Roof Repair or Replace?
Knowing when to replace your roof can sometimes be a conundrum. Should your roof be replaced after a certain amount of time? Or do you wait until there is a leak that comes through your ceiling? And if your roof is leaking can a repair suffice, or does it need to be replaced?
According to the National Roofing Contractors Association, homeowners should check and inspect their roof twice a year – once in the spring and once in the fall. Do a visual check from the outside – remove debris from the rooftop, drains, gutters and downspouts, as routine maintenance can extend the life of your roof. Check the flashing around chimneys, vents and skylights to ensure there are no cracks or breaks which can lead to leaks.
Go into your attic and check your roof from the inside. Check the sheathing and beams for stains or leaks which are signs of a leaky roof. Check to see if beams of light are coming through the rooftop – a sign that shingles may be missing and the wood has rotted through.
When it comes to repairing your roof versus replacing your roof, it depends on several factors, including the type of damage and what percentage of the total roof surface is in need of repair.
In some cases, replacing a few shingles is all you need to restore the function of your roof. Asphalt shingles are designed to last for decades. Before you decide to replace shingles, however, it’s important to have a professional inspect your roof to determine if any of the underlayment or decking is damaged. There’s a big difference between a few missing shingles lost during heavy winds and a leak that extends through the various layers of your roof.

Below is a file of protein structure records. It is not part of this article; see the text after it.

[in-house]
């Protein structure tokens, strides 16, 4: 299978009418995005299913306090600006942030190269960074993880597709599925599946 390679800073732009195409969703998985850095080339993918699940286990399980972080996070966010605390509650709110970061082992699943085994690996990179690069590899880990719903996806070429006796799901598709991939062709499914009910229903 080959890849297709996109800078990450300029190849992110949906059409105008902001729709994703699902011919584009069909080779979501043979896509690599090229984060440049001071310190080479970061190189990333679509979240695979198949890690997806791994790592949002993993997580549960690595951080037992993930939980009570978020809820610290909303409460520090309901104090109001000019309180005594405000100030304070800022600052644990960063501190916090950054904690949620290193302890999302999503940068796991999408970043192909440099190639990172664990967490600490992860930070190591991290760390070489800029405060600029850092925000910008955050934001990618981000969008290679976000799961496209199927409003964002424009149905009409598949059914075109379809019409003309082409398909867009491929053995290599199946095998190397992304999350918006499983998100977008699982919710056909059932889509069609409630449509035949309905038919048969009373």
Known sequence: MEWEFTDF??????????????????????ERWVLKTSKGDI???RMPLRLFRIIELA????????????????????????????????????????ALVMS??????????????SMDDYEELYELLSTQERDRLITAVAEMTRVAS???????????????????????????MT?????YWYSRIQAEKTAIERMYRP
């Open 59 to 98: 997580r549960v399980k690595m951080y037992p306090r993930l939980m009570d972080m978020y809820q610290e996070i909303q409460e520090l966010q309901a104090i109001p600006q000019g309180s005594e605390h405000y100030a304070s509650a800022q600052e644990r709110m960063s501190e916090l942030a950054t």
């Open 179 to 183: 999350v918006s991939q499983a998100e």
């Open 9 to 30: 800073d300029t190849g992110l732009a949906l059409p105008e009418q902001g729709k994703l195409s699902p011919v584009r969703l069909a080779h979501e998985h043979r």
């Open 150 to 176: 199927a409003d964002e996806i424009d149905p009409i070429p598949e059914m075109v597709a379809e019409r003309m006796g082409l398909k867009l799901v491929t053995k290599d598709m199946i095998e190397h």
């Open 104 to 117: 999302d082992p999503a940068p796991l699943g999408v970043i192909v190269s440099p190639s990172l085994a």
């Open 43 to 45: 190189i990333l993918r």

If the damage is extensive, it’s usually a better idea to replace the entire roof. If your roof is missing a few shingles, don’t wait to call a professional. The shingles are there to protect your roof’s decking from moisture and wind. Even a small exposed area can allow water to seep into the underlayment and into the deck, where it can cause rot and eventually leak.
Most local building codes allow homes to have up to two layers of shingles, so it’s definitely possible to shingle over an existing roof. After two layers of shingles, however, you risk putting too much weight on the structure of the home. For this reason, the majority of building codes don’t permit a home to have more than two layers of roofing materials.
So how do you know when it’s time to replace your roof. The answer depends on a variety of factors.
First, try to find the records of the last time the roof was replaced or re-shingled. Most asphalt shingled roofs last about 20 to 25 years. In most cases this is the biggest factor, but there are others. If your roof is droopy or sagging, it should be replaced. It is a sign of trapped moisture or rotting boards.